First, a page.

Lancashire County Council is calling on the government to make clear how local people will give their consent on any proposed fracking sites in their areas – and to commit to have any decision making on fracking to be taken by local councils.
The government says that fracking will only be allowed where there is local community support, but has not yet set out how that consent will be measured or who will be asked.
At the meeting of the full council on Thursday 12 October, members approved a motion for the council to write to government to ask for clarity. They also called on the government to commit to any decision to permit planning permission for fracking to be made solely by the county council.
County Councillor Aidy Riggott, cabinet member for economic development and growth, said: “When the moratorium on fracking was introduced in 2019 it was welcomed by Lancashire people because local residents had seen years of disruption to their lives, and there was considerable cost to the public purse to manage the protests.
“The new prime minister has lifted the moratorium but has given a clear commitment that fracking will only happen in areas where there is local community support. We welcome this, as it is right that local people should have the final say about whether fracking happens in their area or not. We now need clarity on what local consent means in practice which is why we’re writing to the government to ask them.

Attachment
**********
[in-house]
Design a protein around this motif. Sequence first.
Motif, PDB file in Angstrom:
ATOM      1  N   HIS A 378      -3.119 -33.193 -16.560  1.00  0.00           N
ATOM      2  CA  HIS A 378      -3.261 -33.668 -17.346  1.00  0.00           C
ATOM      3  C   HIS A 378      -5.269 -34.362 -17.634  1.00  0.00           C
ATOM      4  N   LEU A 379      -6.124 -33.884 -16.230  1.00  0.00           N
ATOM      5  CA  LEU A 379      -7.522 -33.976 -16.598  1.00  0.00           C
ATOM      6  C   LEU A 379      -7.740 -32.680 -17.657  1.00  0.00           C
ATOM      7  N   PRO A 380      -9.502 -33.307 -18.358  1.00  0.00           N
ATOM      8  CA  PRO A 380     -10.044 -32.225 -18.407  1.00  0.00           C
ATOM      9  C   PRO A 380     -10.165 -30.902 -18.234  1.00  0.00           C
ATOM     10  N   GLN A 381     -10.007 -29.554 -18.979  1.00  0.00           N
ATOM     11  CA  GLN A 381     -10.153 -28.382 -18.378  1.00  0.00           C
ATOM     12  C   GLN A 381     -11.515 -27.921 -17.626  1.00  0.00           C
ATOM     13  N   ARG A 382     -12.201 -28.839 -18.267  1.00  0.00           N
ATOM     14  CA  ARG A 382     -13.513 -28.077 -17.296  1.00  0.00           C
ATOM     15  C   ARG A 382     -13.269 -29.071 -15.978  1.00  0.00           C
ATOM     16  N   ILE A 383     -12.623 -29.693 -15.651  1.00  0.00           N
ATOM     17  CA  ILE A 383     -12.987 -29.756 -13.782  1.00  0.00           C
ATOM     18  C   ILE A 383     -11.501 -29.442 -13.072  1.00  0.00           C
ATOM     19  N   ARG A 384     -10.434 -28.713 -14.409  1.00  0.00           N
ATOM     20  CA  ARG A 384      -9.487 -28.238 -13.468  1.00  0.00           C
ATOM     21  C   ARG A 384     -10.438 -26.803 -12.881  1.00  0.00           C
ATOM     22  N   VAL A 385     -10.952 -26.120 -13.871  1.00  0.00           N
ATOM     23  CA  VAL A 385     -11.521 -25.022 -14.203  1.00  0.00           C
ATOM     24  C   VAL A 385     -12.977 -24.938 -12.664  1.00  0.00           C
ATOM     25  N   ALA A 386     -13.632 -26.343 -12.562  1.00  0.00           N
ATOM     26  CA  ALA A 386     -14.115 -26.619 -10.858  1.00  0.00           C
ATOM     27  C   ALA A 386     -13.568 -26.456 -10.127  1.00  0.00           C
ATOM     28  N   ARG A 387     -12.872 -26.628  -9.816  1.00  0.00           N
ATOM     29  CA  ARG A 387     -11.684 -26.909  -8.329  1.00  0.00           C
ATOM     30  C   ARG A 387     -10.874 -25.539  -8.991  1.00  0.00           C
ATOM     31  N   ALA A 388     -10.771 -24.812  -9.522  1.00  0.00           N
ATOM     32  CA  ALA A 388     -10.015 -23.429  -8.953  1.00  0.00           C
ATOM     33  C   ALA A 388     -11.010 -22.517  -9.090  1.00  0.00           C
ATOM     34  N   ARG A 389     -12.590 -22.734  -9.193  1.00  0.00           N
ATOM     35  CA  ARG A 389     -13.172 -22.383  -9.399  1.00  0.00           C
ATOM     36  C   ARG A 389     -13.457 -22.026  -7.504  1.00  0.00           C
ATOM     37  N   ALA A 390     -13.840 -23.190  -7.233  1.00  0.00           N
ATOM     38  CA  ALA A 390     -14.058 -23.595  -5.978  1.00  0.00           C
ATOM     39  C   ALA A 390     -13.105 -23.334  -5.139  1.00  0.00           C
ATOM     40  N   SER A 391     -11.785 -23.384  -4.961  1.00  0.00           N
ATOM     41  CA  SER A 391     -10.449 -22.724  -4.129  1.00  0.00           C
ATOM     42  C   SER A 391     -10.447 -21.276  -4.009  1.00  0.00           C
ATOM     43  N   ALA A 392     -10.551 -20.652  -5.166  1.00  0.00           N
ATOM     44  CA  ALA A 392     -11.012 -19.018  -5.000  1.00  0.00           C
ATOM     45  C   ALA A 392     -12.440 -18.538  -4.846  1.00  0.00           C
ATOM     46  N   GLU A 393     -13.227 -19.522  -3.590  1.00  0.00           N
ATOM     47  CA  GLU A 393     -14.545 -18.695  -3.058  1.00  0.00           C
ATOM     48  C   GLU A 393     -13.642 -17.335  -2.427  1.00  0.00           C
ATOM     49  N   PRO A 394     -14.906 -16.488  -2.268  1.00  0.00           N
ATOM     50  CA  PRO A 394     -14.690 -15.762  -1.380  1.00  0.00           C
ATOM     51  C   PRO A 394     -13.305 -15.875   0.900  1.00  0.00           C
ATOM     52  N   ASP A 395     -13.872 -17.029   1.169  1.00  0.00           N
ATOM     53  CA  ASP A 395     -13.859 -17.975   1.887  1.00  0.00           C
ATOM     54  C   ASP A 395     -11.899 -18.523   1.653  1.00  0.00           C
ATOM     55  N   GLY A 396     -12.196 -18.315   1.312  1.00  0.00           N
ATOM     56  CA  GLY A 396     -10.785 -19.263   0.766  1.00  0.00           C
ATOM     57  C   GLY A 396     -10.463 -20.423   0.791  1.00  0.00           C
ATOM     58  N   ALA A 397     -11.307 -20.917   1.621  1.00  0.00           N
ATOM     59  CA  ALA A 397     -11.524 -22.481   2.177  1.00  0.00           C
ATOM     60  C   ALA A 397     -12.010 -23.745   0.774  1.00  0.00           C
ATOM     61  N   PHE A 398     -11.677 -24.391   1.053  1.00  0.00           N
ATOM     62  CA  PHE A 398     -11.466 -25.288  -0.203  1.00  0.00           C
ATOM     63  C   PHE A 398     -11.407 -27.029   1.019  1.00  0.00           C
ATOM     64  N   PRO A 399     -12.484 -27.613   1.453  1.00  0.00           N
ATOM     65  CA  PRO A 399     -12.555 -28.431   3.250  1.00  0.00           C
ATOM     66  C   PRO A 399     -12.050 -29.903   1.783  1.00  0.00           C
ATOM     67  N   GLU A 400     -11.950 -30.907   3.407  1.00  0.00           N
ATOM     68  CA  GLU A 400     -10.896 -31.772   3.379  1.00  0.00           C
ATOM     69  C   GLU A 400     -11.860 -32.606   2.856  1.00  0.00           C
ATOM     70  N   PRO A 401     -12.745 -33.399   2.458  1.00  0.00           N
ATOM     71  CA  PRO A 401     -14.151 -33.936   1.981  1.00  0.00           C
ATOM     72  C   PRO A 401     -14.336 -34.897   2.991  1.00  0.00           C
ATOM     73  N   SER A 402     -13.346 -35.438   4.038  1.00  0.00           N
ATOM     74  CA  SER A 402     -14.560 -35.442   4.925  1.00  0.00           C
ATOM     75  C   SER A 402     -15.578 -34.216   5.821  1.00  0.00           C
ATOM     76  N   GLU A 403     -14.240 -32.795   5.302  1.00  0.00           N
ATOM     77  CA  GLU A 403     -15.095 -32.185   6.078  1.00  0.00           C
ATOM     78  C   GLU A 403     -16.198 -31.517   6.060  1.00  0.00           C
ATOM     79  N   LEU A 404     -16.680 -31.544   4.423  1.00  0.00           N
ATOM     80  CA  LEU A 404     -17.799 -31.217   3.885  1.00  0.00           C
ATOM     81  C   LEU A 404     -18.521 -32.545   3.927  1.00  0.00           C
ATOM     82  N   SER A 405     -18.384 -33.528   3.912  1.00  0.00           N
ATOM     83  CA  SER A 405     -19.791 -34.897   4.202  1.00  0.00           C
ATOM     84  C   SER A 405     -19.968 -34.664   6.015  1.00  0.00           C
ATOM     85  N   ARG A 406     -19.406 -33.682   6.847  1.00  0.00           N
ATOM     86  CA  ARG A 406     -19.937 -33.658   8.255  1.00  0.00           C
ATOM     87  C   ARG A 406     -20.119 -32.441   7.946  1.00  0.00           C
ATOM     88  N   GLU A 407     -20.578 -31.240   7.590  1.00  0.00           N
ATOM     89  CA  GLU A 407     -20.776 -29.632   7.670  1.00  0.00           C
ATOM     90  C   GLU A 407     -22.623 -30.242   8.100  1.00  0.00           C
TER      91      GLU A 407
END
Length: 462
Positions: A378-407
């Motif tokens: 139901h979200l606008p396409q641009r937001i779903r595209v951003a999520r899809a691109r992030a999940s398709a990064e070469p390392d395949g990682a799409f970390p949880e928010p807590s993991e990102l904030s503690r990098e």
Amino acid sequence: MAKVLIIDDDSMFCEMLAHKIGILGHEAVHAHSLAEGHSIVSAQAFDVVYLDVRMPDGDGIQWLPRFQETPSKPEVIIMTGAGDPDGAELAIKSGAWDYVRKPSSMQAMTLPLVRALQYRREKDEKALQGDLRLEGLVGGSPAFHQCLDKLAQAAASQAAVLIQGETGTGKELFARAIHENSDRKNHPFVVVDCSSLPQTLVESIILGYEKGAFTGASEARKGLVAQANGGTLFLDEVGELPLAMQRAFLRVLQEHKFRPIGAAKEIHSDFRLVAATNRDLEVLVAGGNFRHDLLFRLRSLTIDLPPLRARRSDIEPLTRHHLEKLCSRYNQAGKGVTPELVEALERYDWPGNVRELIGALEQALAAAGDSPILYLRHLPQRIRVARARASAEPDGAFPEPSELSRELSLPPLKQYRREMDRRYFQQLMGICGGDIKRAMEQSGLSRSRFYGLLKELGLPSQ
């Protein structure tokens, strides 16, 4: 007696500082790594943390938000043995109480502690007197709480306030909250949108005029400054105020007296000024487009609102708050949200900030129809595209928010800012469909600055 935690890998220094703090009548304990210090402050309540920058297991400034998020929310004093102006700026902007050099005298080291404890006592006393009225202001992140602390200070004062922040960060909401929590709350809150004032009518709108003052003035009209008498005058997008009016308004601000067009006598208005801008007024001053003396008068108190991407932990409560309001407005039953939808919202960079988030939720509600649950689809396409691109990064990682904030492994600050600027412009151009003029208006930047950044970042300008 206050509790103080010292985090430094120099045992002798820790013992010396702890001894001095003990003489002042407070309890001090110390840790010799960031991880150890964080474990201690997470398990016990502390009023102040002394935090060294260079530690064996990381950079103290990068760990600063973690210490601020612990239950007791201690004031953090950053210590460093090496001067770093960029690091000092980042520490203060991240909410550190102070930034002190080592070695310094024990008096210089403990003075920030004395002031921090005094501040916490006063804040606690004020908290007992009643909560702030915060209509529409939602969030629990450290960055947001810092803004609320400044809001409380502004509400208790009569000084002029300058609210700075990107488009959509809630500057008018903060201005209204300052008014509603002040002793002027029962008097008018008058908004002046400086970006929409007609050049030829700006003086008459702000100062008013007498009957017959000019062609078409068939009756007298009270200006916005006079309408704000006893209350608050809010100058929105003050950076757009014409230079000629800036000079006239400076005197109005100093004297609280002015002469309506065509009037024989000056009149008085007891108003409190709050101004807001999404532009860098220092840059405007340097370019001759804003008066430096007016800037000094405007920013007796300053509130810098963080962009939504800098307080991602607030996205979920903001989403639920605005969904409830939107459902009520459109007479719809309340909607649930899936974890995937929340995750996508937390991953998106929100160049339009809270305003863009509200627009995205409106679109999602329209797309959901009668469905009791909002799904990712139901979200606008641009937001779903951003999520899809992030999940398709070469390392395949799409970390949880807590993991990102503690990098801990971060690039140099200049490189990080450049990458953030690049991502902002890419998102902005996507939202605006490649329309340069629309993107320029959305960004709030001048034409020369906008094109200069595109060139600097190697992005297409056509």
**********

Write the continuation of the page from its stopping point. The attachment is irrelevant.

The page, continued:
“As the body responsible for planning applications for fracking, we need this information so that we can update our policies on how any proposals that come forward will be assessed. We also believe that any planning decisions on fracking should lie with the county council as local representatives are best-placed to understand the needs and wishes of their local communities.”
Any plans to frack in Lancashire following the lifting of the moratorium will be subject to planning approval from Lancashire County Council. The council has a legal duty to prepare a local plan on how these applications will be assessed and have to take into account government guidance and policy.
Because it is the planning body for fracking, the council should remain neutral on whether it is right or wrong that the moratorium has been lifted. This is so that any application that may come in can be considered in an unbiased way and avoids “predetermination”, which can leave decisions open to legal challenge.